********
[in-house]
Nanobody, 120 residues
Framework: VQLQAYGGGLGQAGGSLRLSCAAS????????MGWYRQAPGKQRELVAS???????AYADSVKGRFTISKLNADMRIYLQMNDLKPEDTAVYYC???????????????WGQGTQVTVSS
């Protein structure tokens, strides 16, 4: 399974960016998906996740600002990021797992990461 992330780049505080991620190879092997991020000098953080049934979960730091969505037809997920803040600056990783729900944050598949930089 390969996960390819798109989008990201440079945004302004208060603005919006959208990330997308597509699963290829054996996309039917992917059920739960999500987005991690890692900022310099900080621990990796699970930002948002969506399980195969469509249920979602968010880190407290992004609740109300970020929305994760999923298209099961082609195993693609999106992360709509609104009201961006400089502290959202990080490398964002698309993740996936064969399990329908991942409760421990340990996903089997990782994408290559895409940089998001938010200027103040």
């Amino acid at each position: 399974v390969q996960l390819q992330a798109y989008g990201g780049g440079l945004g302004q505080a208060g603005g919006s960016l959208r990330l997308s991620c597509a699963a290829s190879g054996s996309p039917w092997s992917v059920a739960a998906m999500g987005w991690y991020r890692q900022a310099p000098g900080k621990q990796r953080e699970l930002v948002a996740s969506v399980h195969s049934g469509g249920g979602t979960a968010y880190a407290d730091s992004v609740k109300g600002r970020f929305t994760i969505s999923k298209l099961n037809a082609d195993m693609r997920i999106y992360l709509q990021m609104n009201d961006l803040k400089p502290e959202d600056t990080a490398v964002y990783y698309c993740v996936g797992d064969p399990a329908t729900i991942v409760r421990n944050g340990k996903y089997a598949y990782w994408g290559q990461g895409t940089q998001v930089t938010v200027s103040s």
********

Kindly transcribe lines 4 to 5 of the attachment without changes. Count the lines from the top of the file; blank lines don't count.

């Protein structure tokens, strides 16, 4: 399974960016998906996740600002990021797992990461 992330780049505080991620190879092997991020000098953080049934979960730091969505037809997920803040600056990783729900944050598949930089 390969996960390819798109989008990201440079945004302004208060603005919006959208990330997308597509699963290829054996996309039917992917059920739960999500987005991690890692900022310099900080621990990796699970930002948002969506399980195969469509249920979602968010880190407290992004609740109300970020929305994760999923298209099961082609195993693609999106992360709509609104009201961006400089502290959202990080490398964002698309993740996936064969399990329908991942409760421990340990996903089997990782994408290559895409940089998001938010200027103040």
């Amino acid at each position: 399974v390969q996960l390819q992330a798109y989008g990201g780049g440079l945004g302004q505080a208060g603005g919006s960016l959208r990330l997308s991620c597509a699963a290829s190879g054996s996309p039917w092997s992917v059920a739960a998906m999500g987005w991690y991020r890692q900022a310099p000098g900080k621990q990796r953080e699970l930002v948002a996740s969506v399980h195969s049934g469509g249920g979602t979960a968010y880190a407290d730091s992004v609740k109300g600002r970020f929305t994760i969505s999923k298209l099961n037809a082609d195993m693609r997920i999106y992360l709509q990021m609104n009201d961006l803040k400089p502290e959202d600056t990080a490398v964002y990783y698309c993740v996936g797992d064969p399990a329908t729900i991942v409760r421990n944050g340990k996903y089997a598949y990782w994408g290559q990461g895409t940089q998001v930089t938010v200027s103040s």